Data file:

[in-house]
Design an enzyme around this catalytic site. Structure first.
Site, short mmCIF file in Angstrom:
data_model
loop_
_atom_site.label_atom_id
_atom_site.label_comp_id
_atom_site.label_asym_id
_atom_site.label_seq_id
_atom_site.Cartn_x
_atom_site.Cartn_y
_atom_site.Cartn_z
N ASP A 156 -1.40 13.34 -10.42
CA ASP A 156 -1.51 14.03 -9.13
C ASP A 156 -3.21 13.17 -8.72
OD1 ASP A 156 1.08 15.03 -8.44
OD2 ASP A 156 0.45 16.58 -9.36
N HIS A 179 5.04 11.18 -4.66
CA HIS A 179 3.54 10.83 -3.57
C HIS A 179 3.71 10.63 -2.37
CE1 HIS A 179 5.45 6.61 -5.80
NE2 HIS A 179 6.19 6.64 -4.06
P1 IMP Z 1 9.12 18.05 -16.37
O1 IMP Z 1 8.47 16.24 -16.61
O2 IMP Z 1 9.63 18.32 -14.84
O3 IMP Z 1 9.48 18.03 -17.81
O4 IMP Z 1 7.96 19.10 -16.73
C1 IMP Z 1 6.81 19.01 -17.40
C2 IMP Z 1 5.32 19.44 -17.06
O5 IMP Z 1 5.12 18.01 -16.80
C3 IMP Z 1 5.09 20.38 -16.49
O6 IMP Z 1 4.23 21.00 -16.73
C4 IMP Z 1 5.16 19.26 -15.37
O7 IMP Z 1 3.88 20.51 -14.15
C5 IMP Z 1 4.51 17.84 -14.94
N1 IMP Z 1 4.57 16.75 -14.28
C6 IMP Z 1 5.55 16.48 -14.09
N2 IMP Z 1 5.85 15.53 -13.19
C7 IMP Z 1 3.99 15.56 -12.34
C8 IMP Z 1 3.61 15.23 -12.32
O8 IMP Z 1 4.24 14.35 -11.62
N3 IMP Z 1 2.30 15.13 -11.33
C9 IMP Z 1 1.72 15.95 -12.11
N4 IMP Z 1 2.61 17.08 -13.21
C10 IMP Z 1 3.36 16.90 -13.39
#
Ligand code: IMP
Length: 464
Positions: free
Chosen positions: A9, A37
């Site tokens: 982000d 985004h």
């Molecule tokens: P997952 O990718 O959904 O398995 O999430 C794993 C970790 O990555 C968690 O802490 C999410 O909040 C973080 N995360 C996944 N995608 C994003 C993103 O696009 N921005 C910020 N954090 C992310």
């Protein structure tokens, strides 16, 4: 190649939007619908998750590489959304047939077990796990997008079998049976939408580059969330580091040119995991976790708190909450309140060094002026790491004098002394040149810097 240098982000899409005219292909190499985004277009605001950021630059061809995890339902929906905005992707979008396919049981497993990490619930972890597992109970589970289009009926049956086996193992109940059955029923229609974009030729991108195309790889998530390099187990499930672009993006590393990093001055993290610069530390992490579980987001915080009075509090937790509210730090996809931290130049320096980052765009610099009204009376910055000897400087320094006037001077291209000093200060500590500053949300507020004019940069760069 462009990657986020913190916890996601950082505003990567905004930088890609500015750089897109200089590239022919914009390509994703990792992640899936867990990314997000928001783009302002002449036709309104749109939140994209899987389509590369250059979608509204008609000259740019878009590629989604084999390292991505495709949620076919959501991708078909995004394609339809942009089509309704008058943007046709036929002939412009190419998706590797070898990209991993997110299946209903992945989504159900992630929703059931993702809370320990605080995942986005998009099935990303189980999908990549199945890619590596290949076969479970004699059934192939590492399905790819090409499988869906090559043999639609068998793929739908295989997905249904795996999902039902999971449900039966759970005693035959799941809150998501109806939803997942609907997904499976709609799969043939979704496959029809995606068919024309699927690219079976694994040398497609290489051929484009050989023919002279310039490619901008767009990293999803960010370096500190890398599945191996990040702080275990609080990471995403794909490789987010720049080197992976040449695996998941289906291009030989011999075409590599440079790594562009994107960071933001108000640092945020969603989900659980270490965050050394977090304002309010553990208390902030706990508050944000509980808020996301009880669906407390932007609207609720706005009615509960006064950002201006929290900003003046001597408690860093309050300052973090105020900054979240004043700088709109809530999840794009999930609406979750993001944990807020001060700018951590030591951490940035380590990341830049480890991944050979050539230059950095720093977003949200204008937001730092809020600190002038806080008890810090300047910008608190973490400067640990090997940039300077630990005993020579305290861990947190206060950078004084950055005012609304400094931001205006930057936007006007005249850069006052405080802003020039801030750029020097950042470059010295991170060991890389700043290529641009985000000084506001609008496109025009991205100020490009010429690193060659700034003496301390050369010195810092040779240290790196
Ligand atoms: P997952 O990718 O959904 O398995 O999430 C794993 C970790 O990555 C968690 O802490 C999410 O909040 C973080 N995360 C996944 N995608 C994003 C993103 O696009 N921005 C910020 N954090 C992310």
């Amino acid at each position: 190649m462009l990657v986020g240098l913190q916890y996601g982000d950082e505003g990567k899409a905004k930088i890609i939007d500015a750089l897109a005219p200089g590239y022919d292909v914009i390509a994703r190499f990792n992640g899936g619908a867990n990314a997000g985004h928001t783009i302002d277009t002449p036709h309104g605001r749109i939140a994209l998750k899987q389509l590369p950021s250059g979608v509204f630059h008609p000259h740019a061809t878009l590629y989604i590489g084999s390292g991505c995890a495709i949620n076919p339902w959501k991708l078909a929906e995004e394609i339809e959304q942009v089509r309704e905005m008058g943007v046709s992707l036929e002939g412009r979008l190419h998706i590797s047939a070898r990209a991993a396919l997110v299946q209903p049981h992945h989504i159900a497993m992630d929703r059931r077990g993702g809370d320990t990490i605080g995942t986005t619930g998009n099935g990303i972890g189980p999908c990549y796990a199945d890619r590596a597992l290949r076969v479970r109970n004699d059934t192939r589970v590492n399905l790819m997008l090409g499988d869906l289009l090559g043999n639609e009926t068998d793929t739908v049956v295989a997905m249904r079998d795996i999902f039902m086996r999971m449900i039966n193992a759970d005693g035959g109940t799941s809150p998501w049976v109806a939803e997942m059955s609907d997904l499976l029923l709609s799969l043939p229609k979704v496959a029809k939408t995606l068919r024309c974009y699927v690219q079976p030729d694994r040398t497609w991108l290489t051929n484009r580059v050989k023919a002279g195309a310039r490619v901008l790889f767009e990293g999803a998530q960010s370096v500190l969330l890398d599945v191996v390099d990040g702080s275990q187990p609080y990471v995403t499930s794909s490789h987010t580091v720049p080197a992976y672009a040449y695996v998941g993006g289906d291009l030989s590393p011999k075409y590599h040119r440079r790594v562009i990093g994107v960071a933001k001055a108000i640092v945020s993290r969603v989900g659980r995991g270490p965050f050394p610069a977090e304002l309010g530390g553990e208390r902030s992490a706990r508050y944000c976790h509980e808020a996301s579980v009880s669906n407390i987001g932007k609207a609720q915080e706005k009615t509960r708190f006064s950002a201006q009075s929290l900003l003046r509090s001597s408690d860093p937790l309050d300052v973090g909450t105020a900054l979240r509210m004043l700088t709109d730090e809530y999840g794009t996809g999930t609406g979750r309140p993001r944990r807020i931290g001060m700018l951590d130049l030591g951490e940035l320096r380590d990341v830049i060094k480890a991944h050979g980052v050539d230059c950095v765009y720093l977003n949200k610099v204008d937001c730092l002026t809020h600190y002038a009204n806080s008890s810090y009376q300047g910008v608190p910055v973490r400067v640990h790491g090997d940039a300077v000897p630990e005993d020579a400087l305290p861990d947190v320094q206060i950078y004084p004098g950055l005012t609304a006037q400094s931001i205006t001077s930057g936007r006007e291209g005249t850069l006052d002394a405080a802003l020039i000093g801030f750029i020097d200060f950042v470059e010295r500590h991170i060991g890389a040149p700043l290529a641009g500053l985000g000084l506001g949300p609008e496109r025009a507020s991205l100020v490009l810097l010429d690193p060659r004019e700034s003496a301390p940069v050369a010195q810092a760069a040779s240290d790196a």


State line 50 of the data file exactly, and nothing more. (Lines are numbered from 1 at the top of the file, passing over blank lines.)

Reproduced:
Chosen positions: A9, A37